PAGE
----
PEORIA, Ariz. -- Scratch the notion of Barry Bonds ever playing for the Mariners. "No, absolutely not," Mariners chief executive officer Howard Lincoln said Friday morning when asked if he could imagine any scenario coming up during the 2008 season that would create an interest in signing the free-agent outfielder and Major League's all-time home-run king. "No. No. No." Lincoln wouldn't go into detail, but he left no doubt that if the Mariners are going to compete for their first playoff appearance since the 116-win season in 2001, Bonds will not be asked to come aboard.
Not now, not in June, not anytime. With about a week remaining in Spring Training, Bonds still is unsigned, but he and his agent, Jeff Borris, still believe there should be a job somewhere for the controversial 43-year-old slugger. Bonds, MLB's all-time leader with 762 homers, hit 28 of them last season, when he also walked 132 times and amassed a .480 on-base percentage in 126 games. "I'm not going to retire. I don't think that's going to happen," Bonds told MLB.com earlier this week. "I'm working out, I'm training." Bonds, who is fighting federal perjury charges, presumably would be best suited for a designated-hitting job for an American League team. But not with the Mariners, who have switch-hitter Jose Vidro locked into that role heading into the regular season. The government maintains Bonds lied in 2003 when he told a federal grand jury investigating the BALCO nutrition lab he had never knowingly used performance-enhancing drugs. Bonds has pleaded not guilty.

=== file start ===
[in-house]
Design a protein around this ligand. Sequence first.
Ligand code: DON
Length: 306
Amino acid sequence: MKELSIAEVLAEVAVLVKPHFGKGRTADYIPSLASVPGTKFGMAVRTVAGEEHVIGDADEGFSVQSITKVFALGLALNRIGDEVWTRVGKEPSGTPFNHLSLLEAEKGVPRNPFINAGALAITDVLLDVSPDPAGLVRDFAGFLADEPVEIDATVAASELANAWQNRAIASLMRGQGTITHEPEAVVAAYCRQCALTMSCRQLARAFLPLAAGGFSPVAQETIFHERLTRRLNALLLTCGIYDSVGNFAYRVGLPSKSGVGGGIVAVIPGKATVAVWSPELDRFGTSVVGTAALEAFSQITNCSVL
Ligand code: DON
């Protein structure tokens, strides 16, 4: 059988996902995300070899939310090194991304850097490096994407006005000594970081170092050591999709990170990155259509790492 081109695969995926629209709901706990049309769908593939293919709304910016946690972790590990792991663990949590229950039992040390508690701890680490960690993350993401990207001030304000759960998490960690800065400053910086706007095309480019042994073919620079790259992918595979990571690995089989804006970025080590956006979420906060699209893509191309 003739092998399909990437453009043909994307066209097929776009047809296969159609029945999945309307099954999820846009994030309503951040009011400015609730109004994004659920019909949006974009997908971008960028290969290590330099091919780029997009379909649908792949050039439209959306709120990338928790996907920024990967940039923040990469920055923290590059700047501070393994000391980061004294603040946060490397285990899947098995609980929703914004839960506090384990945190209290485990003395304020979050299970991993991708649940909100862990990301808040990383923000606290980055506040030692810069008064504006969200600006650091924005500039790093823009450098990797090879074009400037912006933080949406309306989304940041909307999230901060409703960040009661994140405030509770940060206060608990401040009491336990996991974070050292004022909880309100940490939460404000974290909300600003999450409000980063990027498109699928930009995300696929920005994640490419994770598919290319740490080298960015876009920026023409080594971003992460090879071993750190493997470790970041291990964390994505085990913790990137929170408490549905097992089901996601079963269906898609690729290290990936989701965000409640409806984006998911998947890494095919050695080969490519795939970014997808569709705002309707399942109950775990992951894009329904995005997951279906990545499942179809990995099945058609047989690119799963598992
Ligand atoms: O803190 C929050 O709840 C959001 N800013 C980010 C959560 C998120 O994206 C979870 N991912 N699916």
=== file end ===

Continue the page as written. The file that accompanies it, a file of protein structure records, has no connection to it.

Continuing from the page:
Jim Street is a reporter for MLB.com. This story was not subject to the approval of Major League Baseball or its clubs.